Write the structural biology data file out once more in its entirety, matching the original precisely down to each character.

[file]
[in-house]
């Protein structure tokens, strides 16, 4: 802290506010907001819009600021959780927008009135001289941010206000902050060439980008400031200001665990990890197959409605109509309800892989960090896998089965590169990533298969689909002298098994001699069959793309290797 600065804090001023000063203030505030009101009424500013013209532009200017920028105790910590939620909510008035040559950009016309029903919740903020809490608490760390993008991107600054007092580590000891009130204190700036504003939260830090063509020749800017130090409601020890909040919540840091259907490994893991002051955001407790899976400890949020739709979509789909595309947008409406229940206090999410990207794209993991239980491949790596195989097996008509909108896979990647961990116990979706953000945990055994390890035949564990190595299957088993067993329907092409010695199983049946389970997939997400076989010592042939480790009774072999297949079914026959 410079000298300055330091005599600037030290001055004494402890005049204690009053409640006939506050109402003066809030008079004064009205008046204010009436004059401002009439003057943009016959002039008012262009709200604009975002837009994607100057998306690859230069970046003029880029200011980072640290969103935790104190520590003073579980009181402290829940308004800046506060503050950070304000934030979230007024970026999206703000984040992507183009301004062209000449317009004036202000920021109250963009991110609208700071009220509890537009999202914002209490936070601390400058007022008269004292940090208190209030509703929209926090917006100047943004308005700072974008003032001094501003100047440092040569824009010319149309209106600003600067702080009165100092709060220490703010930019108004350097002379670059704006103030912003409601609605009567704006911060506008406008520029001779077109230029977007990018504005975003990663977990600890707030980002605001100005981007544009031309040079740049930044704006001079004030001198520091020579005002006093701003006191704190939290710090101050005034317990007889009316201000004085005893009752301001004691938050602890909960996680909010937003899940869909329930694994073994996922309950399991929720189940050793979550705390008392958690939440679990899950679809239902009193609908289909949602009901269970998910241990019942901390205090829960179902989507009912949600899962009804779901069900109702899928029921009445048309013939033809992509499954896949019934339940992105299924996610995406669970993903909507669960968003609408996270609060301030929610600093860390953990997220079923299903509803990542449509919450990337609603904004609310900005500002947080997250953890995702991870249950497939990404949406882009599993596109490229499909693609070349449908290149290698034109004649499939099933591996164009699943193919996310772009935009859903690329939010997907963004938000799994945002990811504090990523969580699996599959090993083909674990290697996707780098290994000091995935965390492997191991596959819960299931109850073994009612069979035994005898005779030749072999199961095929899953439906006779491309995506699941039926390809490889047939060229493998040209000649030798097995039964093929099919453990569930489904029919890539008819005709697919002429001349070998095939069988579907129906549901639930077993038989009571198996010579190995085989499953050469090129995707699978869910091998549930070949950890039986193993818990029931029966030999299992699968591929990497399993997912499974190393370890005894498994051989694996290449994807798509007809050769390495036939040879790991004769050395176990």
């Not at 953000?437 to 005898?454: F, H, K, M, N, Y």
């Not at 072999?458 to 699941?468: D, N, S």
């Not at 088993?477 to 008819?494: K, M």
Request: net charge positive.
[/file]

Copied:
[in-house]
């Protein structure tokens, strides 16, 4: 802290506010907001819009600021959780927008009135001289941010206000902050060439980008400031200001665990990890197959409605109509309800892989960090896998089965590169990533298969689909002298098994001699069959793309290797 600065804090001023000063203030505030009101009424500013013209532009200017920028105790910590939620909510008035040559950009016309029903919740903020809490608490760390993008991107600054007092580590000891009130204190700036504003939260830090063509020749800017130090409601020890909040919540840091259907490994893991002051955001407790899976400890949020739709979509789909595309947008409406229940206090999410990207794209993991239980491949790596195989097996008509909108896979990647961990116990979706953000945990055994390890035949564990190595299957088993067993329907092409010695199983049946389970997939997400076989010592042939480790009774072999297949079914026959 410079000298300055330091005599600037030290001055004494402890005049204690009053409640006939506050109402003066809030008079004064009205008046204010009436004059401002009439003057943009016959002039008012262009709200604009975002837009994607100057998306690859230069970046003029880029200011980072640290969103935790104190520590003073579980009181402290829940308004800046506060503050950070304000934030979230007024970026999206703000984040992507183009301004062209000449317009004036202000920021109250963009991110609208700071009220509890537009999202914002209490936070601390400058007022008269004292940090208190209030509703929209926090917006100047943004308005700072974008003032001094501003100047440092040569824009010319149309209106600003600067702080009165100092709060220490703010930019108004350097002379670059704006103030912003409601609605009567704006911060506008406008520029001779077109230029977007990018504005975003990663977990600890707030980002605001100005981007544009031309040079740049930044704006001079004030001198520091020579005002006093701003006191704190939290710090101050005034317990007889009316201000004085005893009752301001004691938050602890909960996680909010937003899940869909329930694994073994996922309950399991929720189940050793979550705390008392958690939440679990899950679809239902009193609908289909949602009901269970998910241990019942901390205090829960179902989507009912949600899962009804779901069900109702899928029921009445048309013939033809992509499954896949019934339940992105299924996610995406669970993903909507669960968003609408996270609060301030929610600093860390953990997220079923299903509803990542449509919450990337609603904004609310900005500002947080997250953890995702991870249950497939990404949406882009599993596109490229499909693609070349449908290149290698034109004649499939099933591996164009699943193919996310772009935009859903690329939010997907963004938000799994945002990811504090990523969580699996599959090993083909674990290697996707780098290994000091995935965390492997191991596959819960299931109850073994009612069979035994005898005779030749072999199961095929899953439906006779491309995506699941039926390809490889047939060229493998040209000649030798097995039964093929099919453990569930489904029919890539008819005709697919002429001349070998095939069988579907129906549901639930077993038989009571198996010579190995085989499953050469090129995707699978869910091998549930070949950890039986193993818990029931029966030999299992699968591929990497399993997912499974190393370890005894498994051989694996290449994807798509007809050769390495036939040879790991004769050395176990």
């Not at 953000?437 to 005898?454: F, H, K, M, N, Y």
């Not at 072999?458 to 699941?468: D, N, S």
């Not at 088993?477 to 008819?494: K, M």
Request: net charge positive.